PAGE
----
By Lucy Eggleston, Sustainability Research Engineer and NCC's ReDisCoveR lead
and Ben Cross, Project Manager for Sustainable Composites
Composites are known for their strength, durability, and lightweighting properties. They make high performance products that can withstand the toughest conditions in a wide range of sectors. But they’re also essential for sustainable innovation and growth. Composites make it possible to manufacture huge wind turbine blades that are expected, by 2050, to account for about a third of the world’s energy grid mix. This is high on the government’s agenda, with Boris Johnson’s ten point green plan, announced in November 2020, stating that he wants to “make the UK the Saudi Arabia of wind, with enough offshore capacity to power every home by 2030. Composites reduce the weight of cars and planes and trains, limiting fuel burn and cutting the impact of transport. Composites can also make bridges and buildings last longer without needing servicing or repair. Composites help green innovation. In fact, composites give advantages in so many applications that approximately 110,000 tonnes of these materials are produced annually in the UK alone.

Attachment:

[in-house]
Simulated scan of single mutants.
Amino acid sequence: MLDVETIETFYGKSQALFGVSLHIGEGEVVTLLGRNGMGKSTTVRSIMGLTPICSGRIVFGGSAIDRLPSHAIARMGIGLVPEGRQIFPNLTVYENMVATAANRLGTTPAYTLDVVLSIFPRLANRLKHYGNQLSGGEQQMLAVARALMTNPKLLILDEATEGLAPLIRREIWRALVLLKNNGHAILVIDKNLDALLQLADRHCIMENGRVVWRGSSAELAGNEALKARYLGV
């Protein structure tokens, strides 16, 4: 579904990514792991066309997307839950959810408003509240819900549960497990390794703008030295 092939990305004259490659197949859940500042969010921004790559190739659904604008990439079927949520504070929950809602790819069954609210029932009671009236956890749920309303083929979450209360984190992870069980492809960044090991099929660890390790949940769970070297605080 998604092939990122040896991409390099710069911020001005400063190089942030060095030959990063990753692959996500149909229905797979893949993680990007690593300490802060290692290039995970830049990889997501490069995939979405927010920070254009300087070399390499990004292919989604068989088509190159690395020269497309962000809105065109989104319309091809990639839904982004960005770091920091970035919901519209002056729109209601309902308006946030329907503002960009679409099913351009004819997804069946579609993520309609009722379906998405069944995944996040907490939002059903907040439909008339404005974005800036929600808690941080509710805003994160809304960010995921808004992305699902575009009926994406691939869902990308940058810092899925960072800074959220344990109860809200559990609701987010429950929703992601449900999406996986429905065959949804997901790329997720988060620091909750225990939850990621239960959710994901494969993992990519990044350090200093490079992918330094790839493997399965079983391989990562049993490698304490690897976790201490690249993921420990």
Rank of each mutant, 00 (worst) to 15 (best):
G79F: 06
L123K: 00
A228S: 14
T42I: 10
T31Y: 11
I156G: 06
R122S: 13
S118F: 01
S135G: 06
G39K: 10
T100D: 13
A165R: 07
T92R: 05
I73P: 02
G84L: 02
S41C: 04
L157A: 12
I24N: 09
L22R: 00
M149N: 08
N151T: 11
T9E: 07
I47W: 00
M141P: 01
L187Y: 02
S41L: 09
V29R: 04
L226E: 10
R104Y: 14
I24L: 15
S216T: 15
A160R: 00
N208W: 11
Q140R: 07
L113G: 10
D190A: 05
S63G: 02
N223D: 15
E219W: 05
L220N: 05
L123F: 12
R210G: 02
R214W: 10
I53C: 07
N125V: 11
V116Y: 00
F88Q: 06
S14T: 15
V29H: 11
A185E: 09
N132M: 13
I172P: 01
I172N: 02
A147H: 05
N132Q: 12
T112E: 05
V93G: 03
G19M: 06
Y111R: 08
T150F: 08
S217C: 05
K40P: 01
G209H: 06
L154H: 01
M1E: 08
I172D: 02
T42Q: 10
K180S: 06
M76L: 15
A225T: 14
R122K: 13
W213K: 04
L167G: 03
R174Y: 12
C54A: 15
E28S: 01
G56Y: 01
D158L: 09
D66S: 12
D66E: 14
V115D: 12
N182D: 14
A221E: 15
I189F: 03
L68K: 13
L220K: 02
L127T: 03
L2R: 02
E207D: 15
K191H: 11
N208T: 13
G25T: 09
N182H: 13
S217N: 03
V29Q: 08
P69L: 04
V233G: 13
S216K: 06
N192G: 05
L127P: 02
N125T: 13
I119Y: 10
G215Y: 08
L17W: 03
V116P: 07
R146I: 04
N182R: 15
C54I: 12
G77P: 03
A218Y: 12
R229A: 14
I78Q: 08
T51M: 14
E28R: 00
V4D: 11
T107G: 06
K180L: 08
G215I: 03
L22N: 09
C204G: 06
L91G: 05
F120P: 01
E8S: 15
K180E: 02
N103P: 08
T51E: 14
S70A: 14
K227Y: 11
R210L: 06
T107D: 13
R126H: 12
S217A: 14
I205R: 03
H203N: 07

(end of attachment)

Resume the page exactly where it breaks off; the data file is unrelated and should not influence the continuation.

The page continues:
But did you know that more than 97% of these materials come from non-renewable resources? Or that less than 1% are actually recycled and then reused to make other products? More needs to be done. So, for this reason, in 2019 the High Value Manufacturing (HVM) Catapult set up a Large Transformational Project looking to start this journey - ReDisCoveR: Recycling, Disassembly, Circular Materials and Reuse.
Large Transformational Projects (LTP) are one of the ways that the HVM Catapult catalyses collaboration among the seven centres. Initially they are year-long programmes of work that aim to identify a major industry challenge, build a community around it, and then work collaboratively to identify possible solutions. The ultimate goal for an LTP is to create a larger programme of work.